That re-evaluation will not happen any time soon, for reasons of political calculus. Drug users do not vote. Drug dealers do not vote. Felons do not vote. Dead people in foreign countries do not vote. President Obama is a fan of “The Wire,” which was created by David Simon, who is quoted above. Being a bright guy, the president could not have missed the central premise of the show, that drug prohibition is a failure. Fans of “The Wire” vote more often than dead people in foreign countries, but not enough to overcome the backlash if the president or Congress moved to sanctify the heroin trade.

Because our society views the tragic cost of one human lost to drug addiction as paramount, we have assigned thousands in Mexico, Afghanistan and Colombia to the statistic pile. But then the road to Hell is always paved with good intentions.

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2 Responses to “Blood Money”

  1. Bill Harris

    21. Sep, 2009

    Debaters debate the two wars as if Nixon’s civil war on Woodstock Nation didn’t yet run amok. One need not travel to China to find indigenous cultures lacking human rights or to Cuba for political prisoners. America leads the world in percentile behind bars, thanks to ongoing persecution of hippies, radicals, and non-whites under banner of the war on drugs. If we’re all about spreading liberty abroad, then why mix the message at home? Peace on the home front would enhance global credibility.

    The drug czar’s Rx for prison fodder costs dearly, as lives are flushed down expensive tubes. There’s trouble on the border. My shaman’s second opinion is that psychoactive plants are God’s gift. God didn’t screw up. Canadian Marc Emery sold seeds that enable American farmers to outcompete cartels with superior domestic herb. He is being extradited to prison, for doing what government wishes it could do, reduce demand for Mexican.

    The constitutionality of the CSA (Controlled Substances Act of 1970) derives from an interstate commerce clause. Only by this authority does it reincarnate Al Capone, endanger homeland security, and throw good money after bad. Official policy is to eradicate, not tax, the number-one cash crop in the land. America rejected prohibition, but it’s back. Apparently, SWAT teams don’t need no stinking amendment. Father, forgive those who make it their business to know not what they do.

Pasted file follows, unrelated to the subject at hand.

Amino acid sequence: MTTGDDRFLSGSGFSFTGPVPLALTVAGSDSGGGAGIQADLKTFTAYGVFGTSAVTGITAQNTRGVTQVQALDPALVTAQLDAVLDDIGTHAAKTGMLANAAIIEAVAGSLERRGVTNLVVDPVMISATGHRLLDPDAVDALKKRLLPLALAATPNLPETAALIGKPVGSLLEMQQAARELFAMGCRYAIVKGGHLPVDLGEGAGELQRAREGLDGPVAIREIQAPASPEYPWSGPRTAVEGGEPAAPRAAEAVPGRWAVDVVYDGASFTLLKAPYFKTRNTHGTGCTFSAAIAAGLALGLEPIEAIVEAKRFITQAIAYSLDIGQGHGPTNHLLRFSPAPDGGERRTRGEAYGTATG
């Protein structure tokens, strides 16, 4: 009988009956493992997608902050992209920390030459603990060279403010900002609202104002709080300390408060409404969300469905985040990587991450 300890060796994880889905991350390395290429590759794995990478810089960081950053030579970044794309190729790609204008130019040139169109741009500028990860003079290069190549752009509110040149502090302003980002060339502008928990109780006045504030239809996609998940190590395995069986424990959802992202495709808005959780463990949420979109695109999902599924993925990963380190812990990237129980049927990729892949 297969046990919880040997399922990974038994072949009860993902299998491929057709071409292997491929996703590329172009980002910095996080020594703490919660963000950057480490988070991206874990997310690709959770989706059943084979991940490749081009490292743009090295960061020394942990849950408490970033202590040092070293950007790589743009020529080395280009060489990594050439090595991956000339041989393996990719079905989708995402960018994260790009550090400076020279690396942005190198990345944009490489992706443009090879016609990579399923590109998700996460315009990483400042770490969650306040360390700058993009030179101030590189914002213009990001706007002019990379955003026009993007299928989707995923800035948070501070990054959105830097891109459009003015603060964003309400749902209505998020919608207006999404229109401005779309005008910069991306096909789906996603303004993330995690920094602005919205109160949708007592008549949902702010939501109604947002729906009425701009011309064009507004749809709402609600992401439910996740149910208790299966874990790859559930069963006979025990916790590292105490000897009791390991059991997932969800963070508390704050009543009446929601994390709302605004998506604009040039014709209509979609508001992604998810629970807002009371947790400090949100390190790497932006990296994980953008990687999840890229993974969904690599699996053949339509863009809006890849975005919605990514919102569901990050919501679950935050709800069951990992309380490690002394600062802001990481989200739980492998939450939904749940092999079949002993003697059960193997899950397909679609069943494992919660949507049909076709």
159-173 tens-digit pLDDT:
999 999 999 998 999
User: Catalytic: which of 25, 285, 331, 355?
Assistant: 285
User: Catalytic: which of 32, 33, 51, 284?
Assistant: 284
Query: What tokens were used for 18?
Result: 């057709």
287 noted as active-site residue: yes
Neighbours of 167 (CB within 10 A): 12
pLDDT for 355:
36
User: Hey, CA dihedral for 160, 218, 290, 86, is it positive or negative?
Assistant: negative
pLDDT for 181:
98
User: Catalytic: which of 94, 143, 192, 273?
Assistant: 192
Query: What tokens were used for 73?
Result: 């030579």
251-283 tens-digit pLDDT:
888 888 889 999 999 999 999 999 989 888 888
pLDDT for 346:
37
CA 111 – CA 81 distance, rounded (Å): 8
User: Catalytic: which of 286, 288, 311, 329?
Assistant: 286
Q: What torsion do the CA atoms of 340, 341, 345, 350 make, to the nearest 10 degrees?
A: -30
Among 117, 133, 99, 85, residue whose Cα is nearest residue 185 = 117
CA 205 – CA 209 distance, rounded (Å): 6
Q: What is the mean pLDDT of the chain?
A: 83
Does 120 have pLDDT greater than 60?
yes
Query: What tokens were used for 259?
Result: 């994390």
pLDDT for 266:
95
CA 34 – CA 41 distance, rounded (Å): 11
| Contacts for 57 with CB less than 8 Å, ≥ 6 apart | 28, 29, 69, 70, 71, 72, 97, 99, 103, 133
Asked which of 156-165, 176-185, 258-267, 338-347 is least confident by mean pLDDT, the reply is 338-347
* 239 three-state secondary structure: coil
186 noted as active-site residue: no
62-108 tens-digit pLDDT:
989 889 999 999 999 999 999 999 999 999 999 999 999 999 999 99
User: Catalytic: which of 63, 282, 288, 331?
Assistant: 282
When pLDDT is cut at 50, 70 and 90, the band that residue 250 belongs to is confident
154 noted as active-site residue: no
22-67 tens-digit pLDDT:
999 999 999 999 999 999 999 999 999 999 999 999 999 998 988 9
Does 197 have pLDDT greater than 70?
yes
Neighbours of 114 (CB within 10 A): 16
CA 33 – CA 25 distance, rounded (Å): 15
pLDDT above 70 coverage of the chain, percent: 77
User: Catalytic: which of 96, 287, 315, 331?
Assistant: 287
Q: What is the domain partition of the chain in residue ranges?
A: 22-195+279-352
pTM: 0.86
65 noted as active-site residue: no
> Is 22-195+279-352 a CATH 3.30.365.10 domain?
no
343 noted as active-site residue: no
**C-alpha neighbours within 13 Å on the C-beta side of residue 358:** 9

Nixon promised that the Schafer Commission would support the criminalization of his enemies, but it didn’t. No matter, the witch-hunt was on. No amendments can assure due process under an anti-science law without due process itself. Psychology hailed the breakthrough potential of LSD, until the CSA halted all research and pronounced that marijuana has no medical use, period.

    The RFRA (Religious Freedom Restoration Act of 1993) allows Native American Church members to eat peyote, which functions like LSD. Americans shouldn’t need a specific church membership to obtain their birthright freedom of religion. Denial of entheogen sacrament to any American, for mediation of communion with his or her maker, precludes free exercise of religious liberty.

    Freedom of speech presupposes freedom of thought. The Constitution doesn’t enumerate any governmental power to embargo diverse states of mind. How and when did government usurp this power to coerce conformity? The Mayflower sailed to escape coerced conformity. Legislators who would limit cognitive liberty lack jurisdiction.

    Common-law must hold that adults are the legal owners of their own bodies. The Founding Fathers decreed that the right to the pursuit of happiness is inalienable. Socrates said to know your self. Mortal lawmakers should not presume to thwart the intelligent design that molecular keys unlock spiritual doors. Persons who appreciate their own free choice of path in life should tolerate seekers’ self-exploration.

  2. mrmarket

    28. Sep, 2009

    THANKS! You guys do a great blog, and have some great contests. Keep up the good work.